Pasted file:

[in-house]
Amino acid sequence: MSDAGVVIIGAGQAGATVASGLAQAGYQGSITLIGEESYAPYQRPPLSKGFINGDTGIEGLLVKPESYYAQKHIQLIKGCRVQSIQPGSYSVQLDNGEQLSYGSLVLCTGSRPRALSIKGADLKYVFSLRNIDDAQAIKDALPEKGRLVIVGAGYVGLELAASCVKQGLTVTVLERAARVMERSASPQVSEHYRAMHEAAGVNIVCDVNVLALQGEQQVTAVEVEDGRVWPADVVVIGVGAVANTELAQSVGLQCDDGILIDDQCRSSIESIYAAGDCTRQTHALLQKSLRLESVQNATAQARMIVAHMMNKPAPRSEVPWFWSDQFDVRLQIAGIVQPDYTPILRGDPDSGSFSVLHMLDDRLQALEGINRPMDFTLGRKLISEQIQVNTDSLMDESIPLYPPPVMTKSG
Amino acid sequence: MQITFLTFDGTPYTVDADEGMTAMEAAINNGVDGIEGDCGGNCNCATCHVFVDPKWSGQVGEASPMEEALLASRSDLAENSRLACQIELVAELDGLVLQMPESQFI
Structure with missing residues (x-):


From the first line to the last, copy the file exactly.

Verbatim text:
[in-house]
Amino acid sequence: MSDAGVVIIGAGQAGATVASGLAQAGYQGSITLIGEESYAPYQRPPLSKGFINGDTGIEGLLVKPESYYAQKHIQLIKGCRVQSIQPGSYSVQLDNGEQLSYGSLVLCTGSRPRALSIKGADLKYVFSLRNIDDAQAIKDALPEKGRLVIVGAGYVGLELAASCVKQGLTVTVLERAARVMERSASPQVSEHYRAMHEAAGVNIVCDVNVLALQGEQQVTAVEVEDGRVWPADVVVIGVGAVANTELAQSVGLQCDDGILIDDQCRSSIESIYAAGDCTRQTHALLQKSLRLESVQNATAQARMIVAHMMNKPAPRSEVPWFWSDQFDVRLQIAGIVQPDYTPILRGDPDSGSFSVLHMLDDRLQALEGINRPMDFTLGRKLISEQIQVNTDSLMDESIPLYPPPVMTKSG
Amino acid sequence: MQITFLTFDGTPYTVDADEGMTAMEAAINNGVDGIEGDCGGNCNCATCHVFVDPKWSGQVGEASPMEEALLASRSDLAENSRLACQIELVAELDGLVLQMPESQFI
Structure with missing residues (x-):